Make your home's exterior the ultimate hangout for these winged creatures.


Want to see gorgeous colors fly by as you enjoy the afternoon sun in your backyard? One simple way to achieve this goal is by starting a butterfly garden. The striking insects with Pantone-perfect wings can add much beauty to your environment; at the same time, depending on what flowers you plant, you'll be helping the entire life cycle of a butterfly—egg, caterpillar (larva), chrysalis (pupa), and adult—prevail. And the process to make your own is simpler than you might think.

One butterfly stop on pink flower
Credit: Getty / twomeows

Plant the Right Flowers

If you want to encourage these winged insects to to flutter around your yard, plant bright, fragrant flowering plants that produce nectar such as asters and coneflowers—they'll serve as a much-needed energy source for adult butterflies from early spring through late fall. For best results, grow a cluster of different plants, the North American Butterfly Association suggests. Many flowering plants produce nectar so ask your local nursery (or butterfly garden, if you have one in your region) which butterfly species are most common in your area and which nectar plants they prefer.

Feed Caterpillars

If you want to create an enticing place that will help the butterfly population grow and multiply, you'll need plants that will feed caterpillars, too. But these crawlers are picky eaters, so it's worth asking local experts which plants the most common butterflies in your area prefer, says the butterfly association. You'll want to be sure you plant a variety of flowers that caterpillars will enjoy.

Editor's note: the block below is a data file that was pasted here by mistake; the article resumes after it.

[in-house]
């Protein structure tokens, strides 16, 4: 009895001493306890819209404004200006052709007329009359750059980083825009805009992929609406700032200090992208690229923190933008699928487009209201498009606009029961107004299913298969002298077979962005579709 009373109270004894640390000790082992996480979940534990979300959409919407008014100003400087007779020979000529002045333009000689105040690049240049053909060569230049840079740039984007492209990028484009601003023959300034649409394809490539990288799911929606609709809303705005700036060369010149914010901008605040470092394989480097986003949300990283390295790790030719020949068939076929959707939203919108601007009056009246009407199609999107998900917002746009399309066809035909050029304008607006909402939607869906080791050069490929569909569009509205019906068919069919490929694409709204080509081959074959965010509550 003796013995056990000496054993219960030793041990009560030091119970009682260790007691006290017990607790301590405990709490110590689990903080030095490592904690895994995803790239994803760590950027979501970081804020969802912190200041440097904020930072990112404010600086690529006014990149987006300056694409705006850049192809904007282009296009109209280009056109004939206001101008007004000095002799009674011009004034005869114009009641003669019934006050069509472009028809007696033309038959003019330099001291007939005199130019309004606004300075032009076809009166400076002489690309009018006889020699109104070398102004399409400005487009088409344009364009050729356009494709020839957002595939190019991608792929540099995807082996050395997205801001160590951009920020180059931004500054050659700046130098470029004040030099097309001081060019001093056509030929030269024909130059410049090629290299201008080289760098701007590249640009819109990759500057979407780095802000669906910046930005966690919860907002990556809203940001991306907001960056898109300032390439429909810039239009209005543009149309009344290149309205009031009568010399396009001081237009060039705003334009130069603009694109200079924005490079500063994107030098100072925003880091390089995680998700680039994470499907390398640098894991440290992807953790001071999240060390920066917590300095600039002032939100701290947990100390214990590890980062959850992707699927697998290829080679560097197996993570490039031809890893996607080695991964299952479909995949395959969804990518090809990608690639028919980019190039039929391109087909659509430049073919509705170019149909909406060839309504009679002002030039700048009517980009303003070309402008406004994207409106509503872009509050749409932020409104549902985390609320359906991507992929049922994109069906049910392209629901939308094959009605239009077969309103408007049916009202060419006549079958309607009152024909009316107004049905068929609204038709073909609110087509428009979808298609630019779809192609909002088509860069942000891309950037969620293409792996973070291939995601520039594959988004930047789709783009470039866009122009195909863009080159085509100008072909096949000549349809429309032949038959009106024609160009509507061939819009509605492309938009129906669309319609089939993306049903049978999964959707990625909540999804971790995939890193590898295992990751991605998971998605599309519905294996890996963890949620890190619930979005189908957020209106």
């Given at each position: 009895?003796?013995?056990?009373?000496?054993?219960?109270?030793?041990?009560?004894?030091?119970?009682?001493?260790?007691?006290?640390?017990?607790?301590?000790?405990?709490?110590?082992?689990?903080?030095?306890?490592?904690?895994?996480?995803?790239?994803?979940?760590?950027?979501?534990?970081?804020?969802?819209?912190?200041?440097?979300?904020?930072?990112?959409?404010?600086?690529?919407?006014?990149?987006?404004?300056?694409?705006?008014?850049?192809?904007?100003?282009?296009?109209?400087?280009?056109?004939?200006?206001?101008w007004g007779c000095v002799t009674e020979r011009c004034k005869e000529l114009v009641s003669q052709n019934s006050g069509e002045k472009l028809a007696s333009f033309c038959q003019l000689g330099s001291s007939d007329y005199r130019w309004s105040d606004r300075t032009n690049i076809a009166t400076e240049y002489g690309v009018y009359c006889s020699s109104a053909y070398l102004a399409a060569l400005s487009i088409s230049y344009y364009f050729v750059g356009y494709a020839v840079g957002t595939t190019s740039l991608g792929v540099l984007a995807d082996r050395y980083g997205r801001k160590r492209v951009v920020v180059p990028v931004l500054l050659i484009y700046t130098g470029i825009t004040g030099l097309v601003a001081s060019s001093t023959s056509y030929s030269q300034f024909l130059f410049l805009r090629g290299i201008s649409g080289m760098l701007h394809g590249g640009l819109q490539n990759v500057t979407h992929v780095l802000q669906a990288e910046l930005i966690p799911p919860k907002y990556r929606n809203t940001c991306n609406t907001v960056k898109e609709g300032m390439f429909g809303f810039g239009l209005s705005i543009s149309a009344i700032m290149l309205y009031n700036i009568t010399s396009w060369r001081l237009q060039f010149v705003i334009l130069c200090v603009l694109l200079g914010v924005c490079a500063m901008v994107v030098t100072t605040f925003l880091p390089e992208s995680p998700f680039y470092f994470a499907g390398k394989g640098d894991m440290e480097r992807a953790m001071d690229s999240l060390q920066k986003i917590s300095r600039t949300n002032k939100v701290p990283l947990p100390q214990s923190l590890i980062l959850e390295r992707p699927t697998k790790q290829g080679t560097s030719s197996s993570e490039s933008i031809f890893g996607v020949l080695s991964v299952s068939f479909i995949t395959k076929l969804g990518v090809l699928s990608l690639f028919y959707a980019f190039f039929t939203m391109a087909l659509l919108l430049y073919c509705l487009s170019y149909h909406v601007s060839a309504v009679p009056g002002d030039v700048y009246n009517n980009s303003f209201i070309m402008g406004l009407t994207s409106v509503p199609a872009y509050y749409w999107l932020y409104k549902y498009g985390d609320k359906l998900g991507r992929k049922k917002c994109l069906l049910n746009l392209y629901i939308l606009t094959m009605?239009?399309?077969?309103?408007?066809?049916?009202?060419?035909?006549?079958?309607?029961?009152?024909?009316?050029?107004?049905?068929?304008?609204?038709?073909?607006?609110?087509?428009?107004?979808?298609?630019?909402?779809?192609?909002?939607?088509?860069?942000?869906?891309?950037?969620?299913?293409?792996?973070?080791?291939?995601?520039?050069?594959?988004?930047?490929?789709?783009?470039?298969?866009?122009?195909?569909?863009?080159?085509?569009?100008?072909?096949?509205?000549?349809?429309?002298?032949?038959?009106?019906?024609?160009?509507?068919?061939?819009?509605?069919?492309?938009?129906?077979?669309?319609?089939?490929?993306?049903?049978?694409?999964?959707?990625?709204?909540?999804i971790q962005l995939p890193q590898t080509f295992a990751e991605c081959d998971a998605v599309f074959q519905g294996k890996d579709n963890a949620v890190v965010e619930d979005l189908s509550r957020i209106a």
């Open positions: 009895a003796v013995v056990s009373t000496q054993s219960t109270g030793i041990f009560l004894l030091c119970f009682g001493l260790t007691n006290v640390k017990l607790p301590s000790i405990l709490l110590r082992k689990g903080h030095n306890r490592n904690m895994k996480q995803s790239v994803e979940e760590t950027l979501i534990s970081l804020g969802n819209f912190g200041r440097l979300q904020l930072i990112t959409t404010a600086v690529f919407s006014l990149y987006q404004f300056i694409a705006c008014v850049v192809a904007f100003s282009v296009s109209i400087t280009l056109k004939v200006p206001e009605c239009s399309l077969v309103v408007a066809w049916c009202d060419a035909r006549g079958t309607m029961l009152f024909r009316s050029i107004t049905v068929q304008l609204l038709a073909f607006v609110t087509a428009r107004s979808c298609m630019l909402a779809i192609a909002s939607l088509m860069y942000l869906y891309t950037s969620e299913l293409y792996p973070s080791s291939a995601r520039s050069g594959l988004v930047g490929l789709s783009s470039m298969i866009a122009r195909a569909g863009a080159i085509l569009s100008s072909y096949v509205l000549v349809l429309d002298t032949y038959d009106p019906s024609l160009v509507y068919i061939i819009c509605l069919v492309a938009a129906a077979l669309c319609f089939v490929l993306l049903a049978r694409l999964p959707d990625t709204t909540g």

Provide Sunny Spots

When planning your butterfly garden, remember that these insects are cold-blooded and need the warmth of the sun, especially in the morning; most will prefer flower that are planted in full sun. You'll also want to make sure that there's a place where sunlight hits the ground early in the day, such as on a large rock or a section of pavement, so they can warm their wings.

Offer a Buffet of Choices

Like a restaurant that gives you lots of choices, your garden should also have many diverse offerings for butterflies that satisfy different needs. In addition to flowers with nectar, plant shrubs to shelter the garden from wind and place a variety of rocks from which they can take flight.

Water Is Key

Butterflies also need water, but they get it mostly from dew, nectar, tree sap, and puddles. Even moist dirt or sand serves as drinking sources for them. To make sure butterflies can quench their thirst in your yard, consider creating a puddling station, such as a damp area of ground covered with sand.


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